Virgillo, by all accounts, knew nothing of his wife's dealings. But as with the story regarding Nowakowski and Johnson, these twists effectively muddy the pool, no doubt part of PLEA's plan. If there's enough doubt in the mix when Montgomery ascends to the catbird seat, it could give him enough cover to act in Chrisman's favor.
Chrisman's attorney, Craig Mehrens — who wouldn't tell me whether PLEA's paying Chrisman's legal bills — contends that the grand jury was bogus from jump. He said the County Attorney's Office wouldn't allow his expert witness, police psychologist Dr. William Lewinski, to testify.
Mehrens said Lewinski interviewed Chrisman and has concluded that "this was a justifiable use of force," in the attorney's words.
"I wanted to make Dr. Lewinski available to the [county attorney] and the grand jury to tell them Rich Chrisman's version on the facts and, if they were interested, his expert opinion," Mehrens wrote in an e-mail to me.
Yet Mehrens admitted that he didn't offer his client to the grand jury to tell his side, which was the smart thing for Mehrens to do. Particularly if his client's guilty.
Romley scoffed at the suggestion that Lewinski should've gone before the grand jury.
"Mehrens knows better than that," Romley said. "His expert didn't even have any of the police reports or any of the information [on the case]."
And what about Mehrens' contention that he and Public Safety Manager (read: Police Chief) Jack Harris rushed to judgment regarding Chrisman — that the grand jury came too fast?
"That's ridiculous," Romley said. "How many murder investigations do we sit, [where] we have someone who's a potential subject and we do the grand jury right away? Just go back in history. It was a week [after the murder that the Chrisman grand jury] was done."
Romley also hotly contested the suggestion by Phoenix police Officer Eric Rude that the County Attorney dictated the probable-cause statement attached to the Chrisman indictment. Rude's testimony came before a hearing seeking a preliminary injunction against Chrisman's firing by Harris, a request the judge granted.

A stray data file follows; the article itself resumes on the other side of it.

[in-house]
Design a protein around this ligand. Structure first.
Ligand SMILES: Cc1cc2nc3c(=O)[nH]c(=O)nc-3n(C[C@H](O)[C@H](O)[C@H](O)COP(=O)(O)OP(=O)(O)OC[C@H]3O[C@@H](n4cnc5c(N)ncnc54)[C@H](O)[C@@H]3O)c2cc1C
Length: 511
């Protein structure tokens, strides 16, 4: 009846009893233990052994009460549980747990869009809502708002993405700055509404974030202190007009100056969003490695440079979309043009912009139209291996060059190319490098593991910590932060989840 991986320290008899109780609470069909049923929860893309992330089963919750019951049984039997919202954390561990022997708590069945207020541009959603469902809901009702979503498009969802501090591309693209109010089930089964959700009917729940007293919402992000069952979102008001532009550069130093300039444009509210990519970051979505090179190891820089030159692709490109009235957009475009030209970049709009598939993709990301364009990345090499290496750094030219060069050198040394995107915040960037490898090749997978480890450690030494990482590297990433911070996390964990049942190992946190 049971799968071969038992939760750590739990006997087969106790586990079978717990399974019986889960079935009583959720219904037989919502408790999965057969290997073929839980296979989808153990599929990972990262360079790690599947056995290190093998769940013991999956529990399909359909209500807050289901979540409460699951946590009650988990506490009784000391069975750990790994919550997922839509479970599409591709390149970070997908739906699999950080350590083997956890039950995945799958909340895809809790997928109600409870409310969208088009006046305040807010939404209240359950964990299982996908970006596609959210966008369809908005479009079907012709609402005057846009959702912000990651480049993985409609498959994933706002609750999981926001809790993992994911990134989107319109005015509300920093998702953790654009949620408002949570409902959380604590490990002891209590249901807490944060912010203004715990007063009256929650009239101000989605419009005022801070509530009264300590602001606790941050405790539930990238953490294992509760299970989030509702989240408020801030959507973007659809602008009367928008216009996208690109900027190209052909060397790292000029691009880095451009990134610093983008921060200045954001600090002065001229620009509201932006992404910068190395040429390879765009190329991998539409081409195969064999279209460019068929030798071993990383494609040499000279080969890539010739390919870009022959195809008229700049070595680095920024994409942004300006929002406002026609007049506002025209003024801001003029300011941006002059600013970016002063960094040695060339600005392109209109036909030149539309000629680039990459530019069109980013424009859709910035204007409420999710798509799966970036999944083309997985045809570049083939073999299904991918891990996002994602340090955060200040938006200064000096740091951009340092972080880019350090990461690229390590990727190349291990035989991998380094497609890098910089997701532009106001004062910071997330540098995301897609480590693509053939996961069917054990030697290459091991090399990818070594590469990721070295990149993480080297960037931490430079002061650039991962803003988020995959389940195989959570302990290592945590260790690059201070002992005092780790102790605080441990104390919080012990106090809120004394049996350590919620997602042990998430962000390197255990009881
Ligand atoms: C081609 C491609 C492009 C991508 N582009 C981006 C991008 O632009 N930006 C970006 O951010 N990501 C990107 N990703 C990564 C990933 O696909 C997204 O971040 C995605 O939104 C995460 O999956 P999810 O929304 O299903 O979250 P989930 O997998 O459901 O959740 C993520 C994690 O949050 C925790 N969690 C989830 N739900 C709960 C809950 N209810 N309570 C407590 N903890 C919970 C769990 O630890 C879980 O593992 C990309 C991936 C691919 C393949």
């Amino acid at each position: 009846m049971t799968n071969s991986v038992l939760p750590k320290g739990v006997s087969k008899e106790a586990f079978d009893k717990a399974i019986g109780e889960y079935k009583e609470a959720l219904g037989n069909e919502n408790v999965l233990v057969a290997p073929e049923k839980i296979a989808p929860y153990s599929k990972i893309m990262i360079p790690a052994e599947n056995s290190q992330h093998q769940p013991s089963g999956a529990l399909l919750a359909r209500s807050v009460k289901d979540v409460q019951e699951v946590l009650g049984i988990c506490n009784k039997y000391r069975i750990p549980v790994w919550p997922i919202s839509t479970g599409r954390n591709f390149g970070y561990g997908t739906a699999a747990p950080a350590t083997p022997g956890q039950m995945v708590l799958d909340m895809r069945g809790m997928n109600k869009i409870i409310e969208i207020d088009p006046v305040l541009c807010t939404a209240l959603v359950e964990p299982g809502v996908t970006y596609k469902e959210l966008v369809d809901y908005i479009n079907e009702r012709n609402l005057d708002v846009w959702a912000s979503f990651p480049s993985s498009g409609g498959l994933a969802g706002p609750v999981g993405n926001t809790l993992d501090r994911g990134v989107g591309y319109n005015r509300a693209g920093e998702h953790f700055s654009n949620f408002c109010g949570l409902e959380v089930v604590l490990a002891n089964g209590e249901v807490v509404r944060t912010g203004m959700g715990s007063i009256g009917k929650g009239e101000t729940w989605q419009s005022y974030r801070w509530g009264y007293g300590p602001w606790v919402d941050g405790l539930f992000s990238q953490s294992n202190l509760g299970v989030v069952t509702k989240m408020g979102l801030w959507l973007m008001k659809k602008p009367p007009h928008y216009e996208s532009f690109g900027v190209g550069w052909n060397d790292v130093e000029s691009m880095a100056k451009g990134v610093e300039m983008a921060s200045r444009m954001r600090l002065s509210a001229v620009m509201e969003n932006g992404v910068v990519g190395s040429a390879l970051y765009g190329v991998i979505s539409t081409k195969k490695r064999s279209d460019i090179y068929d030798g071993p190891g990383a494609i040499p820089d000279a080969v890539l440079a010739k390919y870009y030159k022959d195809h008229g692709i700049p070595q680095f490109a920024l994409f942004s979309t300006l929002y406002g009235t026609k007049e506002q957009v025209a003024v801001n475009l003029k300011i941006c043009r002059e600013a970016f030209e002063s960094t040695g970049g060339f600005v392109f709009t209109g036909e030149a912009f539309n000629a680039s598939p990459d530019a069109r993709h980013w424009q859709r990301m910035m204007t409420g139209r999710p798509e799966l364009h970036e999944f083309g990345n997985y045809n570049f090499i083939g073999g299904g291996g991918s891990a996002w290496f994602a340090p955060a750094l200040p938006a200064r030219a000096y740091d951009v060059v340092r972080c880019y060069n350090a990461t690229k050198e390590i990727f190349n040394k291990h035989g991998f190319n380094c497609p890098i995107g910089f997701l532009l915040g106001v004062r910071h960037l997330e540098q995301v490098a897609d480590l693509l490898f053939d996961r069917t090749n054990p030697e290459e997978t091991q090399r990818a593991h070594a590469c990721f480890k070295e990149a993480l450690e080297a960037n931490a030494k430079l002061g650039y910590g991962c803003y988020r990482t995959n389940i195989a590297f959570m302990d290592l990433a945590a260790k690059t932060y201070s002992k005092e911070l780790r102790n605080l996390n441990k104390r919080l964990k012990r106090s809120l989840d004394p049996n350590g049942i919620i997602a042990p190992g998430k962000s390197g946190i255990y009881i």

PLEA member Rude told the court that Chief Harris informed him that the County Attorney dictated what was to appear in the statement, referred to as a "form four." This, even though Phoenix homicide Detective Kenny Porter is listed as the author of the form four.
"I triple-checked it," Romley said. "We even contacted the officer that wrote the form four, and he said, 'Absolutely not.'"
PPD spokesman Tommy Thompson explained to me that in major cases, officers may corroborate facts with the county attorney, but the officers actually write the form fours themselves.
The latest round fired from Mehrens' office is a motion seeking a remand of the Chrisman case to the grand jury. Mehrens contends that the prosecutor assigned to the case, Juan Martinez, and another prosecutor, Ted Duffy, misled the grand jury by presenting the case "almost entirely from the point of view of Officer Sergio Virgillo."
Not long after its filing, the legal paperwork found its way to CBS 5, which then produced a hit piece on Duffy, noting that he'd been sanctioned, given a 30-day suspension, and put on probation by the State Bar of Arizona.
The Channel 5 story quoted defense attorney Daniel Raynak's saying he was surprised "anyone would put Duffy in charge of another murder case."
The TV report also noted that Duffy's "one of two prosecutors handling the Chrisman prosecution."
But the County Attorney's Office said it was Martinez who presented the case to the grand jury, not Duffy.
County Attorney's Office spokesman Bill Fitzgerald got back to me with this statement:
"Ted Duffy didn't have anything to do with the presentment of the Chrisman case. He was the person who was assigned that day to the grand jury to read from a piece of paper the standard admonishments with regard to all cases being heard by grand jurors that day.
"He reads from the piece of paper and takes a seat. The actual presentment of the case was done by Juan Martinez."
Asked about Duffy's involvement or non-involvement in the presentation of the case to the grand jury, Mehrens reacted, well, weirdly.
"You know, I am so tired of this shit," wrote Mehrens in an e-mail to me. "Why [is the County Attorney's Office] lying to you? More importantly, why are you buying into it? I actually know the answer to the former question: They cannot support their actions on the facts, so they spin."